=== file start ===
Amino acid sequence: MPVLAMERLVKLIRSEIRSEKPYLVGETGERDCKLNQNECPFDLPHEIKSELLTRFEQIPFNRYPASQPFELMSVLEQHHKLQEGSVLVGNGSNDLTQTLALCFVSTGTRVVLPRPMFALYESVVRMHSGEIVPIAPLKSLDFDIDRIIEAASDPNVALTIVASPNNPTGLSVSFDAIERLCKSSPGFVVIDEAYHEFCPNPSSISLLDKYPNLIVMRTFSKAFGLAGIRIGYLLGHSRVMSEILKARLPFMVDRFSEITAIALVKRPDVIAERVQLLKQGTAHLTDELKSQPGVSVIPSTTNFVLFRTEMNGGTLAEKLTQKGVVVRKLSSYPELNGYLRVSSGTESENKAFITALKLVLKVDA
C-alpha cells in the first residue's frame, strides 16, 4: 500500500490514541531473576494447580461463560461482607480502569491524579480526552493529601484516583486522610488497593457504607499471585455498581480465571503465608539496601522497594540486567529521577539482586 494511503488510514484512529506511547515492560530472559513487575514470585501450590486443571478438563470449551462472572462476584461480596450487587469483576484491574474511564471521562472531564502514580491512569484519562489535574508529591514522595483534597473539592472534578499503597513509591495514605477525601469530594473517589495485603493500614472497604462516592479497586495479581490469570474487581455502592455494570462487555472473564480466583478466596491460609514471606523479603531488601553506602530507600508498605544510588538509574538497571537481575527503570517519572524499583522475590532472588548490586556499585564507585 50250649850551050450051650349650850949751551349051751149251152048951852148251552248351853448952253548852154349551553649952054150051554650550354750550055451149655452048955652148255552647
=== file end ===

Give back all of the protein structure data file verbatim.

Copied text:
Amino acid sequence: MPVLAMERLVKLIRSEIRSEKPYLVGETGERDCKLNQNECPFDLPHEIKSELLTRFEQIPFNRYPASQPFELMSVLEQHHKLQEGSVLVGNGSNDLTQTLALCFVSTGTRVVLPRPMFALYESVVRMHSGEIVPIAPLKSLDFDIDRIIEAASDPNVALTIVASPNNPTGLSVSFDAIERLCKSSPGFVVIDEAYHEFCPNPSSISLLDKYPNLIVMRTFSKAFGLAGIRIGYLLGHSRVMSEILKARLPFMVDRFSEITAIALVKRPDVIAERVQLLKQGTAHLTDELKSQPGVSVIPSTTNFVLFRTEMNGGTLAEKLTQKGVVVRKLSSYPELNGYLRVSSGTESENKAFITALKLVLKVDA
C-alpha cells in the first residue's frame, strides 16, 4: 500500500490514541531473576494447580461463560461482607480502569491524579480526552493529601484516583486522610488497593457504607499471585455498581480465571503465608539496601522497594540486567529521577539482586 494511503488510514484512529506511547515492560530472559513487575514470585501450590486443571478438563470449551462472572462476584461480596450487587469483576484491574474511564471521562472531564502514580491512569484519562489535574508529591514522595483534597473539592472534578499503597513509591495514605477525601469530594473517589495485603493500614472497604462516592479497586495479581490469570474487581455502592455494570462487555472473564480466583478466596491460609514471606523479603531488601553506602530507600508498605544510588538509574538497571537481575527503570517519572524499583522475590532472588548490586556499585564507585 50250649850551050450051650349650850949751551349051751149251152048951852148251552248351853448952253548852154349551553649952054150051554650550354750550055451149655452048955652148255552647